Increased intestinal permeability in primary Sjögren's syndrome and multiple sclerosis
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There is increasing evidence suggesting a role of intestinal dysfunction in a number of autoimmune diseases. Primary Sjögren's syndrome (pSS) is a systemic autoimmune disease with a documented increased level of intestinal inflammation, whereas multiple sclerosis (MS) is an organ-specific autoimmune disease known to exhibit increased intestinal permeability. In this study we determine to what extent intestinal inflammation, analysed by a faecal calprotectin ELISA, is accompanied by altered intestinal wall permeability, as measured by a lactulose and mannitol intestinal absorption assay. Intestinal permeability was increased in both pSS and MS patients, while faecal calprotectin was elevated in pSS but normal in MS. Our findings suggest different mechanisms mediating a leaky gut in these two diseases: in pSS there is autoimmune attack directly on the intestinal wall; in MS, with autoimmunity being limited to the CNS, it may be due to a disturbed CNS regulation of enteric nerve function.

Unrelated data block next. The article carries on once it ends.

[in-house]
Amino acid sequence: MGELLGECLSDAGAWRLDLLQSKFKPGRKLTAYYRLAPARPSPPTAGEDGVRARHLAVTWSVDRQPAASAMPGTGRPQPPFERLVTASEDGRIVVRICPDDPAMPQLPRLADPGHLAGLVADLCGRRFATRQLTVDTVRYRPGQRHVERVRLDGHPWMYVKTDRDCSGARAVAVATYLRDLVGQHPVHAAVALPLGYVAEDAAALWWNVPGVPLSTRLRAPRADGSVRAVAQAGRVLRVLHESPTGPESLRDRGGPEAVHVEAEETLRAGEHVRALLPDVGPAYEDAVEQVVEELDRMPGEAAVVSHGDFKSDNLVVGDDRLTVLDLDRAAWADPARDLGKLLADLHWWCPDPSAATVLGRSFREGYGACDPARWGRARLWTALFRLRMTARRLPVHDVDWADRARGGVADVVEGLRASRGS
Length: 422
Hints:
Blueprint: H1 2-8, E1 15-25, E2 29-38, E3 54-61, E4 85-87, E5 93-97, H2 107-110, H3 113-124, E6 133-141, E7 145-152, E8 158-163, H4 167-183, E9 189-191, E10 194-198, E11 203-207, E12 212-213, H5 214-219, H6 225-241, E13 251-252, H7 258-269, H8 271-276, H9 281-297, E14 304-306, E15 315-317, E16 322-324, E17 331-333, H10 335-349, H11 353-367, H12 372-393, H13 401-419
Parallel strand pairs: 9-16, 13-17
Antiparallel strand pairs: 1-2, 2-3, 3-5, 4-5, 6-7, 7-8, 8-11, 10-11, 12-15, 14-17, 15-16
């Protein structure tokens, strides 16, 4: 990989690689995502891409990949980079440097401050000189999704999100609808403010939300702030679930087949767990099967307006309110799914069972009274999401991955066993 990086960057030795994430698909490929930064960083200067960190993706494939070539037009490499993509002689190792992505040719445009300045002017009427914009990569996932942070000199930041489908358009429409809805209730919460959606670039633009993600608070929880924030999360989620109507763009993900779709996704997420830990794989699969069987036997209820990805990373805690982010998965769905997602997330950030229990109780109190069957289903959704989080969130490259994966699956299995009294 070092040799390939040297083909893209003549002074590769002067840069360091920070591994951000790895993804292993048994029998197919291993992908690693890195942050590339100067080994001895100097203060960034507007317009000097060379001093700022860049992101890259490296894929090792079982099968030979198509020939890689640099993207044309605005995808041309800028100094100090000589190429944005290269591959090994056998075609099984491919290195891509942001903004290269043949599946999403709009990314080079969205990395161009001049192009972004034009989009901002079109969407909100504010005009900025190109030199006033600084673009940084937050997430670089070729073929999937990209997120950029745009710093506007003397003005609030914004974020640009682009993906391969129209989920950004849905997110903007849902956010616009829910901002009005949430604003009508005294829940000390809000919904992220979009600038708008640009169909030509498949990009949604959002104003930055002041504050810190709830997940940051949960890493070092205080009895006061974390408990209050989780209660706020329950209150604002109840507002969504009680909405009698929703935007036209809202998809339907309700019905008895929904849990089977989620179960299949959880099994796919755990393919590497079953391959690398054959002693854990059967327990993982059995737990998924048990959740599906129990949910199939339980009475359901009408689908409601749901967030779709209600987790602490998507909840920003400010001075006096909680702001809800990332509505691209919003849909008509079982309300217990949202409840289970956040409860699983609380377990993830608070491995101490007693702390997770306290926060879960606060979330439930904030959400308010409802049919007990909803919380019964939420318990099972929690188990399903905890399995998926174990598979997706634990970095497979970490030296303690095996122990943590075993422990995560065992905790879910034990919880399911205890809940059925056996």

|Enheter & grupper|
Ämnesklassifikation (UKÄ) – OBLIGATORISK
|Tidskrift||Journal of Translational Autoimmunity|
|Status||Published - 2021 jan|
|Peer review utförd||Ja|